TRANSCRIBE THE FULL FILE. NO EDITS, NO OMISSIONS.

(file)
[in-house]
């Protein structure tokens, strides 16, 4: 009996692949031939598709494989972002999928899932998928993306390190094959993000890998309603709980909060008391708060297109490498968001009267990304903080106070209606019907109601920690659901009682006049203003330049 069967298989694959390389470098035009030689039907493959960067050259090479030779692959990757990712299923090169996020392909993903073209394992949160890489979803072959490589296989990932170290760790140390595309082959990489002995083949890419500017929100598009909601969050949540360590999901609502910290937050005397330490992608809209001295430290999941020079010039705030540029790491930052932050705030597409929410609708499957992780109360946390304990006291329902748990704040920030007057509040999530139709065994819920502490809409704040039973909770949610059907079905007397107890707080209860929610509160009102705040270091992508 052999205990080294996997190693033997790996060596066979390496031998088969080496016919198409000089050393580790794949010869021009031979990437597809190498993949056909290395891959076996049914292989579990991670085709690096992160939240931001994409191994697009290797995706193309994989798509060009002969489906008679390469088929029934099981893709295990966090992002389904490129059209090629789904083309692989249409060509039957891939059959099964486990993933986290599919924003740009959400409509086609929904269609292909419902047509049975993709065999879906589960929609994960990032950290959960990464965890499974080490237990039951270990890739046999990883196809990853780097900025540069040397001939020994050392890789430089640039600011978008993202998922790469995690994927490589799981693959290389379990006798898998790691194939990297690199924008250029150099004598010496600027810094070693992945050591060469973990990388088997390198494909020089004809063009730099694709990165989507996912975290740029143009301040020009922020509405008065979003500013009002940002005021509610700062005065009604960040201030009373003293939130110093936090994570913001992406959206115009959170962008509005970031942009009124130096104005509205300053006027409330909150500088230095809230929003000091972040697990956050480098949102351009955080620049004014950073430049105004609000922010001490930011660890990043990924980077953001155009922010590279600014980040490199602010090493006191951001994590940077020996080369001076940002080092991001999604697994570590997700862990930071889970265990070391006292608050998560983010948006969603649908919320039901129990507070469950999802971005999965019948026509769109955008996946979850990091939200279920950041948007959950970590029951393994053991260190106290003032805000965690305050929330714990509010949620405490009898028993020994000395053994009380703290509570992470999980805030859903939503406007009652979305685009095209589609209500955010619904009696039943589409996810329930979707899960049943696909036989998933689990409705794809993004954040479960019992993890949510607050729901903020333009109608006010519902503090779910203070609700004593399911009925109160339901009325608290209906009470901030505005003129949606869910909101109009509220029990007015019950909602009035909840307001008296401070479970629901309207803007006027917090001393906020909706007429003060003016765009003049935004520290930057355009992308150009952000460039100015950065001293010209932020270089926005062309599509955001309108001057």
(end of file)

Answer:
[in-house]
């Protein structure tokens, strides 16, 4: 009996692949031939598709494989972002999928899932998928993306390190094959993000890998309603709980909060008391708060297109490498968001009267990304903080106070209606019907109601920690659901009682006049203003330049 069967298989694959390389470098035009030689039907493959960067050259090479030779692959990757990712299923090169996020392909993903073209394992949160890489979803072959490589296989990932170290760790140390595309082959990489002995083949890419500017929100598009909601969050949540360590999901609502910290937050005397330490992608809209001295430290999941020079010039705030540029790491930052932050705030597409929410609708499957992780109360946390304990006291329902748990704040920030007057509040999530139709065994819920502490809409704040039973909770949610059907079905007397107890707080209860929610509160009102705040270091992508 052999205990080294996997190693033997790996060596066979390496031998088969080496016919198409000089050393580790794949010869021009031979990437597809190498993949056909290395891959076996049914292989579990991670085709690096992160939240931001994409191994697009290797995706193309994989798509060009002969489906008679390469088929029934099981893709295990966090992002389904490129059209090629789904083309692989249409060509039957891939059959099964486990993933986290599919924003740009959400409509086609929904269609292909419902047509049975993709065999879906589960929609994960990032950290959960990464965890499974080490237990039951270990890739046999990883196809990853780097900025540069040397001939020994050392890789430089640039600011978008993202998922790469995690994927490589799981693959290389379990006798898998790691194939990297690199924008250029150099004598010496600027810094070693992945050591060469973990990388088997390198494909020089004809063009730099694709990165989507996912975290740029143009301040020009922020509405008065979003500013009002940002005021509610700062005065009604960040201030009373003293939130110093936090994570913001992406959206115009959170962008509005970031942009009124130096104005509205300053006027409330909150500088230095809230929003000091972040697990956050480098949102351009955080620049004014950073430049105004609000922010001490930011660890990043990924980077953001155009922010590279600014980040490199602010090493006191951001994590940077020996080369001076940002080092991001999604697994570590997700862990930071889970265990070391006292608050998560983010948006969603649908919320039901129990507070469950999802971005999965019948026509769109955008996946979850990091939200279920950041948007959950970590029951393994053991260190106290003032805000965690305050929330714990509010949620405490009898028993020994000395053994009380703290509570992470999980805030859903939503406007009652979305685009095209589609209500955010619904009696039943589409996810329930979707899960049943696909036989998933689990409705794809993004954040479960019992993890949510607050729901903020333009109608006010519902503090779910203070609700004593399911009925109160339901009325608290209906009470901030505005003129949606869910909101109009509220029990007015019950909602009035909840307001008296401070479970629901309207803007006027917090001393906020909706007429003060003016765009003049935004520290930057355009992308150009952000460039100015950065001293010209932020270089926005062309599509955001309108001057």